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New methods help find missing kids/Police coordination, media, Internet help locate abducted children

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Normal New methods help find missing kids/Police coordination, media, Internet help locate abducted children

Post by Wrapitup on Sat Nov 19, 2011 10:53 pm

by Lisa Halverstadt - Nov. 19, 2011 09:21 PM
The Arizona Republic

Missing child cases have evolved from photos on milk cartons to a more instant, sprawling and connected web of information that increases the likelihood of finding children alive.

Authorities credit greater success to a more immediate police response, increased community awareness and the ability of media outlets to get the word out.

Nearly 20 years ago, information was slow to trickle out when a bearded stranger abducted Polly Klaas from a slumber party.

There was no Amber Alert. The 24-hour news cycle and the Internet were in their infancy. California authorities didn't immediately notify the media or ensure that officers statewide knew of the 12-year-old's abduction. Police found the girl's body two months later.

Times change. A photo of Glendale kindergartner Jhessye Shockley was shown on Internet news sites and on TV news broadcasts on Oct. 11, the night she was reported missing. Dozens of officers searched for the 5-year-old within hours of her mother's 911 call. An Amber Alert followed, and strangers created Facebook pages and passed out fliers.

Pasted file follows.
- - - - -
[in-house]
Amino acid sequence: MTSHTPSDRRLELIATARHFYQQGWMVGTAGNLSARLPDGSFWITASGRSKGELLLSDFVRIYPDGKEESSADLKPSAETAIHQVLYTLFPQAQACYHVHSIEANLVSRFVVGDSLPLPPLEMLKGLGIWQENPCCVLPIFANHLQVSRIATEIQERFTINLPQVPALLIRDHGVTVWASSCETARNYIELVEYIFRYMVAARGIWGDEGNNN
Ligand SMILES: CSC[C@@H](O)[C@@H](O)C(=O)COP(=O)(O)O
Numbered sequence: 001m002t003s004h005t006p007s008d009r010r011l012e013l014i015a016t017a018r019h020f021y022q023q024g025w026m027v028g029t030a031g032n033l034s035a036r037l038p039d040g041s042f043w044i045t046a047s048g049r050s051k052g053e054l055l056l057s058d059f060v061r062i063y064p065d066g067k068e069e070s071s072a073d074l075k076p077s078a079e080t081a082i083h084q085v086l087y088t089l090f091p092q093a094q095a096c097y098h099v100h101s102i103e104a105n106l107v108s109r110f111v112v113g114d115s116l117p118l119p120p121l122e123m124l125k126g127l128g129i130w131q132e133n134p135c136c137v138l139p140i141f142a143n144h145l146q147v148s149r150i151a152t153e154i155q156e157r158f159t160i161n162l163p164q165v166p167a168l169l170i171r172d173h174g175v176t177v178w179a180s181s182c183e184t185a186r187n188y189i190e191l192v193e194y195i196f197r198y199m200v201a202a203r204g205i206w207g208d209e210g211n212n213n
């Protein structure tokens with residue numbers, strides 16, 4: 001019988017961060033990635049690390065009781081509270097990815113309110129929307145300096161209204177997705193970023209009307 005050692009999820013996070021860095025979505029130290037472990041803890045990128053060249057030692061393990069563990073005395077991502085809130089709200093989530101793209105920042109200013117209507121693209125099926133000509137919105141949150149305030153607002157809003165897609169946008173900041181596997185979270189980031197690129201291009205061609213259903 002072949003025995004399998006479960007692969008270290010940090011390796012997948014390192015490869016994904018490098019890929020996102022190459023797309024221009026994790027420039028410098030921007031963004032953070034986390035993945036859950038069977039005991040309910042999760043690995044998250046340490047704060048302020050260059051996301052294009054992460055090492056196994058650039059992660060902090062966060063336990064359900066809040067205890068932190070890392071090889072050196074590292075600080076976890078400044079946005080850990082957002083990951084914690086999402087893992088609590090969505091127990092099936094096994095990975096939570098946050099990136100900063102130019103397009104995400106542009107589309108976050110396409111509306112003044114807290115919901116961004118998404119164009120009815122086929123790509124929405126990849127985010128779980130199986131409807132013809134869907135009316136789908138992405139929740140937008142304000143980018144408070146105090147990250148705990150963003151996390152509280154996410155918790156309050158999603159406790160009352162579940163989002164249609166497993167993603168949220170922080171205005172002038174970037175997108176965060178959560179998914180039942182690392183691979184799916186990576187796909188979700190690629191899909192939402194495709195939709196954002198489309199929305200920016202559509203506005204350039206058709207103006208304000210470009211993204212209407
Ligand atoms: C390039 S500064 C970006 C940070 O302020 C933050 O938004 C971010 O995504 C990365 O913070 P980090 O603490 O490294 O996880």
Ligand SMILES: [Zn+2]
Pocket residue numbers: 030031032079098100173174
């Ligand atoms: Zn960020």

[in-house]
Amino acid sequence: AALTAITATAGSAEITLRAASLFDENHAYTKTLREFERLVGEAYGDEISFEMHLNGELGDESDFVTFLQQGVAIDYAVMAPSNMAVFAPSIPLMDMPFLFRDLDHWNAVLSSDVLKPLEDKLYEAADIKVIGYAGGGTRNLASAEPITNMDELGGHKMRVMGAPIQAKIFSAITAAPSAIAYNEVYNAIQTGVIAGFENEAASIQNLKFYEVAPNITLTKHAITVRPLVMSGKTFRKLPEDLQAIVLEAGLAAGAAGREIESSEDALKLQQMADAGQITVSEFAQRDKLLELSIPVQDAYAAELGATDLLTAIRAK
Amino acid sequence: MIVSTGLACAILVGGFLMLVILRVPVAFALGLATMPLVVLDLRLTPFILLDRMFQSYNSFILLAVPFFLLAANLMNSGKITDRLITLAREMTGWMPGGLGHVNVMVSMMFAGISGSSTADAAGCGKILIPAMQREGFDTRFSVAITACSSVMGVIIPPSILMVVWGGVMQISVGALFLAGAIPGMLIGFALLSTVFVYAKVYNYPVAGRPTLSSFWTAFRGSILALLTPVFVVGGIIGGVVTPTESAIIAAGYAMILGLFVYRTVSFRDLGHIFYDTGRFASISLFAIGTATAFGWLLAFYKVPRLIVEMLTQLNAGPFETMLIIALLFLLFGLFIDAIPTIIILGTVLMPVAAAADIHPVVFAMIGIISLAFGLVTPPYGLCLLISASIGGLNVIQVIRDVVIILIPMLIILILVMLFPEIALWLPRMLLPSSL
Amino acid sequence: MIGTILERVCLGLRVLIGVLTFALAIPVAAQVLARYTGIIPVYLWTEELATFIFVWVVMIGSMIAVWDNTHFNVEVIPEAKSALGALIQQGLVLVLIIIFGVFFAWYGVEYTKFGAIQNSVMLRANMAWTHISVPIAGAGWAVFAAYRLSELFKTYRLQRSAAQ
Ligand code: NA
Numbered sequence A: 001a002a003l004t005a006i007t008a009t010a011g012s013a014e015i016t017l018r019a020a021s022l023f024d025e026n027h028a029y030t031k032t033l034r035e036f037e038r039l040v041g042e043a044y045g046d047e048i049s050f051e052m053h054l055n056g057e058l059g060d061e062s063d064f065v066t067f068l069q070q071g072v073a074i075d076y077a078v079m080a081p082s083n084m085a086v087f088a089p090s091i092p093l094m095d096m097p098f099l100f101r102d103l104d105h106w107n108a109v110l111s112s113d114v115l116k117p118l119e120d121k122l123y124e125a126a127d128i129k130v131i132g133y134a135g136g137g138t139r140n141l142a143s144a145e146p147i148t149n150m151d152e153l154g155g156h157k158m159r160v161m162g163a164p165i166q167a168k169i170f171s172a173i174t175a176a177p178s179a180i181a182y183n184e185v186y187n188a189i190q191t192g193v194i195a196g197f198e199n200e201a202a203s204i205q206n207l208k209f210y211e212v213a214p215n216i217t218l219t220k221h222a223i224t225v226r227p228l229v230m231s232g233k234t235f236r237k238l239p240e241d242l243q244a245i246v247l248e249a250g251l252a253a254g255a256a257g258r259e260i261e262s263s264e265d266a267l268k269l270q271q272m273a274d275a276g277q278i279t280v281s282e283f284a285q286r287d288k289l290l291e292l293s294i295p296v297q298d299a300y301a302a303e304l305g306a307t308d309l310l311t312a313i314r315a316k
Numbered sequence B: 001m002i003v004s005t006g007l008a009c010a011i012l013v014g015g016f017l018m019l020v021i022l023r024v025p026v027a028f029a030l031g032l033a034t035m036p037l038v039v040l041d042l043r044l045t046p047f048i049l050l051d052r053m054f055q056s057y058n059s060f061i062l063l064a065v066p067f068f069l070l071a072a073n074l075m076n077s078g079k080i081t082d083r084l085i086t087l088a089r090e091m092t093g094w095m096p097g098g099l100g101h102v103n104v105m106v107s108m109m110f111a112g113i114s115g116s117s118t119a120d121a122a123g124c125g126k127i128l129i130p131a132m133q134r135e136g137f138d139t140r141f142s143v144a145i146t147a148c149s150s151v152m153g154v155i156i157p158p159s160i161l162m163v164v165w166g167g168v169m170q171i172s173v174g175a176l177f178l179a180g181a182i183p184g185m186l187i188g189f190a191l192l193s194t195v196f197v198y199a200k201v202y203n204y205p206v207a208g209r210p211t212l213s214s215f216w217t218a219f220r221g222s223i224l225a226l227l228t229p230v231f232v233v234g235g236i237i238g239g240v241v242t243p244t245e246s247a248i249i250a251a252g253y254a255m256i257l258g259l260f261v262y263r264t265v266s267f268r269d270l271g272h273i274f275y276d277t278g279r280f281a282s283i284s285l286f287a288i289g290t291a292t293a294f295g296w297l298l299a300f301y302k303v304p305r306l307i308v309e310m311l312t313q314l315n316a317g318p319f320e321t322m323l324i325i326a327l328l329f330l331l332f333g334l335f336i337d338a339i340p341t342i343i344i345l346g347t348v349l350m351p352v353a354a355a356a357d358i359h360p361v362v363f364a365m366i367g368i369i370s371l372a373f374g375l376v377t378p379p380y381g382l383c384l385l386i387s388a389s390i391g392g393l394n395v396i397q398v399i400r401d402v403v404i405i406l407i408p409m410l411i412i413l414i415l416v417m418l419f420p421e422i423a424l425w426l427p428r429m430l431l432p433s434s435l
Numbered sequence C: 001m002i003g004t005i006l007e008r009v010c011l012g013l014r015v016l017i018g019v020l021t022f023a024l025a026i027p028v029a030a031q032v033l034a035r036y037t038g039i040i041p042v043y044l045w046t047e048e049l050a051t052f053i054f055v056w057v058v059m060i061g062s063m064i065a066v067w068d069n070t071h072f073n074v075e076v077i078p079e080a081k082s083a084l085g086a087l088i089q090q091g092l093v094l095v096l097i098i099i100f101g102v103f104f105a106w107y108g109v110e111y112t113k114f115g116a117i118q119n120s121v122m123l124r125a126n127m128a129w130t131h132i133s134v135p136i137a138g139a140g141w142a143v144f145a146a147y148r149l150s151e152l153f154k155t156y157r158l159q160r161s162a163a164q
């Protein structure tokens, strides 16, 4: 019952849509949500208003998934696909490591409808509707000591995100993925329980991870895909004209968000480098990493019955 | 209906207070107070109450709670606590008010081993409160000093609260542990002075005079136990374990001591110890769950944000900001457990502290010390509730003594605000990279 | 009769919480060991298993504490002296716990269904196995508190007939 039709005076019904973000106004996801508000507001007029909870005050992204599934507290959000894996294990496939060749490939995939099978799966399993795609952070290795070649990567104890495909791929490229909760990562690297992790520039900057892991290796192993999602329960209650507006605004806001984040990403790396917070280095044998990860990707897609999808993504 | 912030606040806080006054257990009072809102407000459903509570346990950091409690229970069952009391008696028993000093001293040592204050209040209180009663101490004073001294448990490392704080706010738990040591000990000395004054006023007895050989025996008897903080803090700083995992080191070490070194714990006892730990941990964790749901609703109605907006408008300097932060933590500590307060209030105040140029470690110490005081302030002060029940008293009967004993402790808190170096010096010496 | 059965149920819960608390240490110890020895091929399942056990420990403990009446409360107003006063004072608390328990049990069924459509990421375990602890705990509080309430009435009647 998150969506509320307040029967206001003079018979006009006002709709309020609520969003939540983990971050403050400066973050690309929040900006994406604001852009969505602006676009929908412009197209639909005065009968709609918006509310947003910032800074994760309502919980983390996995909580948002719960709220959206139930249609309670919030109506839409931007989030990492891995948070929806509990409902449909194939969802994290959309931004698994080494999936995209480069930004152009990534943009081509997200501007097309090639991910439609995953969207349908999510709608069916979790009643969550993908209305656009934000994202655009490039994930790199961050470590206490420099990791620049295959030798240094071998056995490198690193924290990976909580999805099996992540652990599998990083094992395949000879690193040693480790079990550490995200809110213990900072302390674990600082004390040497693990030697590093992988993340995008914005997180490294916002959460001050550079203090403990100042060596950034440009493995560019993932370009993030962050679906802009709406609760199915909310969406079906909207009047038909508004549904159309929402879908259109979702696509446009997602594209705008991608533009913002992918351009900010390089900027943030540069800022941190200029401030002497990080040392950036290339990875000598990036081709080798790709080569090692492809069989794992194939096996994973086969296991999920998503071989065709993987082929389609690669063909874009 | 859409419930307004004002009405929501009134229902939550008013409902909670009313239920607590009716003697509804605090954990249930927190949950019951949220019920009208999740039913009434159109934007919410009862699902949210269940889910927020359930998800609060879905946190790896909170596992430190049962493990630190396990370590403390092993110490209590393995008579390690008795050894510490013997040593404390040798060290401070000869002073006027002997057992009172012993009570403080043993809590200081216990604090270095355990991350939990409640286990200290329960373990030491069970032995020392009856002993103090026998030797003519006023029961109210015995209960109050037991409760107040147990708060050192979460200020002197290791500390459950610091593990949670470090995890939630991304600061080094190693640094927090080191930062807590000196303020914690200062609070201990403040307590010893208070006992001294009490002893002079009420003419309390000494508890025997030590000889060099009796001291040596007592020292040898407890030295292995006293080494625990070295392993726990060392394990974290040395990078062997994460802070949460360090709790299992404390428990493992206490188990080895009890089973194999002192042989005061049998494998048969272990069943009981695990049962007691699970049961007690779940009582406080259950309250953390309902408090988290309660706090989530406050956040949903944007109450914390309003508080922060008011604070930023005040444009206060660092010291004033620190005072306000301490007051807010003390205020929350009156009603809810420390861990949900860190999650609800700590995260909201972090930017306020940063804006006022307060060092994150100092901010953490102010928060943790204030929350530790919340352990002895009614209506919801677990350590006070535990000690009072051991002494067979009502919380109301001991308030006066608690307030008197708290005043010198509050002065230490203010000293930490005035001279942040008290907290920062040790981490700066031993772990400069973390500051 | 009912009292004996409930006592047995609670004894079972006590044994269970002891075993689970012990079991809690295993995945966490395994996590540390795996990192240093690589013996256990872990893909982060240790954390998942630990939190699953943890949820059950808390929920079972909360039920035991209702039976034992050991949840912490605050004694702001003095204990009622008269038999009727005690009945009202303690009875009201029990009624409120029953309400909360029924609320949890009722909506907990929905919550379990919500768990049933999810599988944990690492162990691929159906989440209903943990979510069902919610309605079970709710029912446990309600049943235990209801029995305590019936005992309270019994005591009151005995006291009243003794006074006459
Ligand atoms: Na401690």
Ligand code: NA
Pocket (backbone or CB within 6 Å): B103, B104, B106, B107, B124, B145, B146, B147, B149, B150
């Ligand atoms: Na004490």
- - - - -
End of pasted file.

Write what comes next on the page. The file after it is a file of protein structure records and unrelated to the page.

That type of broad and rapid response matters, said Bob Lowery of the National Center for Missing & Exploited Children in Washington, D.C.

"We're finding more children today than we ever have," Lowery said.

In 1990, 62 percent of children reported missing were recovered, according to the center. Last year, the center reported a 97.5 percent recovery rate.

Despite gains, there are no guarantees. Jhessye has been missing 41 days.

The public has always paid attention to missing children. But in today's world they are more intensely involved, tugged by the ever-present photo of Jhessye, with her bright smile and braided pigtails. Many closely follow her case, much as they did with Baby Gabriel Johnson of Tempe in late 2009 or Caylee Anthony, who went missing in 2008 and was later found dead in Florida.